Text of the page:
Available Now on PC, PlayStation, Switch & Xbox (Xbox version tested)

It’s pretty much a given these days that any game with ‘Souls’ in the title is going to be an almost masochistic, brutal test of patience and skill.

Eldest Souls, a top down, pixel art, boss rush indie title with light RPG elements (don’t worry, it’s a much more straightforward and no-nonsense game than that description may suggest), is no different. It’s almost hilariously brutal. My first death in the game came at the hands of a log. Yes, you read that right: a log.

Not a sentient, devious, aggressive log. Just a rolling log. The game even gave me an achievement for being killed by it. Yay, a participation trophy! The developers, though clearly possessing a sadistic streak that reveals itself immediately in Eldest Souls, definitely have a sense of humour; there’s a few achievements here that trigger after failure, which does soften the blow somewhat (aside from the shame of being offed by a log – there’s no ridding yourself of that, achievement or otherwise).

The animated intro and accompanying voiceover set the scene for Eldest Souls, with a tale of the long-imprisoned Old Gods escaping from captivity and wreaking desolation upon the game’s world – and the player’s task, as a lone Crusader, is to slay them all.

It has an incredible atmosphere, with some very clever foreshadowing – the notes, weapons and mounts of former warriors litter your approach to your first battle –  and the soundtrack, which is ethereal and spooky during the game’s quieter moments, then all frantic strings and percussive beats during battles, does a fantastic job of setting the pulse-racing tone when you come face to face with the game’s terrifying bosses.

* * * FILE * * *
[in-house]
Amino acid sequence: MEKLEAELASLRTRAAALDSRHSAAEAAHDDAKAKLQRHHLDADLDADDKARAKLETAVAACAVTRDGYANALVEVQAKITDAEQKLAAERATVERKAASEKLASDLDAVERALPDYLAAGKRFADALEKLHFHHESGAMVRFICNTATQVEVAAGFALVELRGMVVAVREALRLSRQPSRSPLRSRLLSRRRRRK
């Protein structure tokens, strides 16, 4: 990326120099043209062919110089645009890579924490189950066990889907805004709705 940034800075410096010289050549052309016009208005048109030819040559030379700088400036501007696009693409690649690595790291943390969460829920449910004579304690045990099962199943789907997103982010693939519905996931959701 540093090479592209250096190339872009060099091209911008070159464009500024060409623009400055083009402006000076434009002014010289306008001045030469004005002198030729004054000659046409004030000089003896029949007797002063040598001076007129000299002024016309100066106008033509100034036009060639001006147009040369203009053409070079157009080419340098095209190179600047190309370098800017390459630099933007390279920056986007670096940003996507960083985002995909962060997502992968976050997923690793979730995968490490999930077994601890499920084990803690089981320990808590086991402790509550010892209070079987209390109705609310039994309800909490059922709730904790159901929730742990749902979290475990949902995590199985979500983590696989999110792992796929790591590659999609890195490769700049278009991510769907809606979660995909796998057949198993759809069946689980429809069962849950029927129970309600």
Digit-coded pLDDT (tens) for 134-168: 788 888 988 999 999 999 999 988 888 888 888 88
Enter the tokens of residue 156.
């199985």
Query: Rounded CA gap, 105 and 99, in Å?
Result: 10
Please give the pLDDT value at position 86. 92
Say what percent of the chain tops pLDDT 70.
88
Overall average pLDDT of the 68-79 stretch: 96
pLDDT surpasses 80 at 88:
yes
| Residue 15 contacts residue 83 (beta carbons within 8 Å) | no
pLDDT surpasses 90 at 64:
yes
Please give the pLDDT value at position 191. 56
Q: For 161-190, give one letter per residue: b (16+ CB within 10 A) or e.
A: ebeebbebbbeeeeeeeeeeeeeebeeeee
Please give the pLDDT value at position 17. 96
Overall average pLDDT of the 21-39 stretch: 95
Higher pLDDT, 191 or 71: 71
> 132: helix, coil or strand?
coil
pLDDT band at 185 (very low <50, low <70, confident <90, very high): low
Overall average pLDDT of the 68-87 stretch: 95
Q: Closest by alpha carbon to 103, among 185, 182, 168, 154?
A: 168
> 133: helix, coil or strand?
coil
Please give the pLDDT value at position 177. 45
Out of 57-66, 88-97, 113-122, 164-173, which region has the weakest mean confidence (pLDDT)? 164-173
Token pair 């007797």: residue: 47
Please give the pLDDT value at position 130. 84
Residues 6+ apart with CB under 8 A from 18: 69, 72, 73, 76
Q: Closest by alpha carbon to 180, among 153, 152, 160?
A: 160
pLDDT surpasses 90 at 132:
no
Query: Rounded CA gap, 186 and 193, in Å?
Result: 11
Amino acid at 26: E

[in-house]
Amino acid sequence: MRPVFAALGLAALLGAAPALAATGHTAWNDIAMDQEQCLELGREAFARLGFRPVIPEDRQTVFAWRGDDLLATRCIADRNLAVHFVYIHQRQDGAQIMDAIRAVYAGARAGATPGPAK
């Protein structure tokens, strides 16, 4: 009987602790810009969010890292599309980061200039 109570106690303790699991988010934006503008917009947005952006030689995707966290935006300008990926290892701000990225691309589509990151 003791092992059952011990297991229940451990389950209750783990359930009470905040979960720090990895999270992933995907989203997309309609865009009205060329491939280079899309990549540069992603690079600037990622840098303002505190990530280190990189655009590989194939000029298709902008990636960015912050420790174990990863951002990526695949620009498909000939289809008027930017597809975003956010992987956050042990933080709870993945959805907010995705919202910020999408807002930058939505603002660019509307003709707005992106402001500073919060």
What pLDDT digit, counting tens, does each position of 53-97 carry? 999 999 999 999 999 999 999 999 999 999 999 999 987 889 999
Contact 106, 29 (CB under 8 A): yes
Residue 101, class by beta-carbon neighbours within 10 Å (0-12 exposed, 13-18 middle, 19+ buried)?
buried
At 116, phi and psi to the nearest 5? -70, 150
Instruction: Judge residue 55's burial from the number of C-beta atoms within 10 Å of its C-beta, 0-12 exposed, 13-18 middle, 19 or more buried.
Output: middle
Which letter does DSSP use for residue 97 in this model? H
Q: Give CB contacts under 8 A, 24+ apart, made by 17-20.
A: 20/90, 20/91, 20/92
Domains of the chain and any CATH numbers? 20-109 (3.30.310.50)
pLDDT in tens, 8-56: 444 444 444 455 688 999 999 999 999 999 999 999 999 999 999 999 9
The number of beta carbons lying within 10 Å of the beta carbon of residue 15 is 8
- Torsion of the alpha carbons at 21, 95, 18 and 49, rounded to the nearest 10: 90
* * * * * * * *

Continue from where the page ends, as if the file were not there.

One of my proudest gaming achievements is beating the game’s first boss character without dying, though it still felt like a hard fought victory. Maybe, I thought, as the dust settled and I moved on, maybe this game wouldn’t be so brutal after all.

I am not ashamed to admit that I was wrong. That first boss? A walk in the park compared to the next one, though I can’t say I wasn’t warned by the characters I ran into on my journey to reach him.

One of the key components of a brutally difficult experience is the sense that, though progress may be slow due to the extreme challenge, the game must always seem fair. To its credit, Eldest Souls does fight fair, with plenty of audio and visual cues to help you dodge attacks and fight back when it’s safe to do so. You’re blessed with a charge attack, the successful deployment of which – when fully charged – allows you to steal the health of your enemies or break through their shields, for example. There’s also a skill tree, with different paths of progression to suit your play style (though none seemed to match my play style of ‘awkwardly and repeatedly dying’).

Patience, experience and skill will, however, see you through – it’s a difficult but definitely very rewarding game.

With nine bosses to overcome in the game’s world, I may be stuck in the compelling gameplay loop and drenched in the amazing atmosphere of Eldest Souls for some time. Though I am not ashamed to admit that I haven’t quite managed to make it to the end, the variety and inventiveness of the game’s bosses – both from a visual standpoint and from the point of view of their devastating attacks – is keeping me pushing on.

Tough? Yes. Fair? Also yes. Beautifully realised? Most definitely. If you’re not intimidated or put off by an unapologetically brutal, challenging series of fights against huge, inventively designed enemies, then Eldest Souls might just be for you.

Many thanks to White Bear PR for providing me with a copy of Eldest Souls for review purposes.

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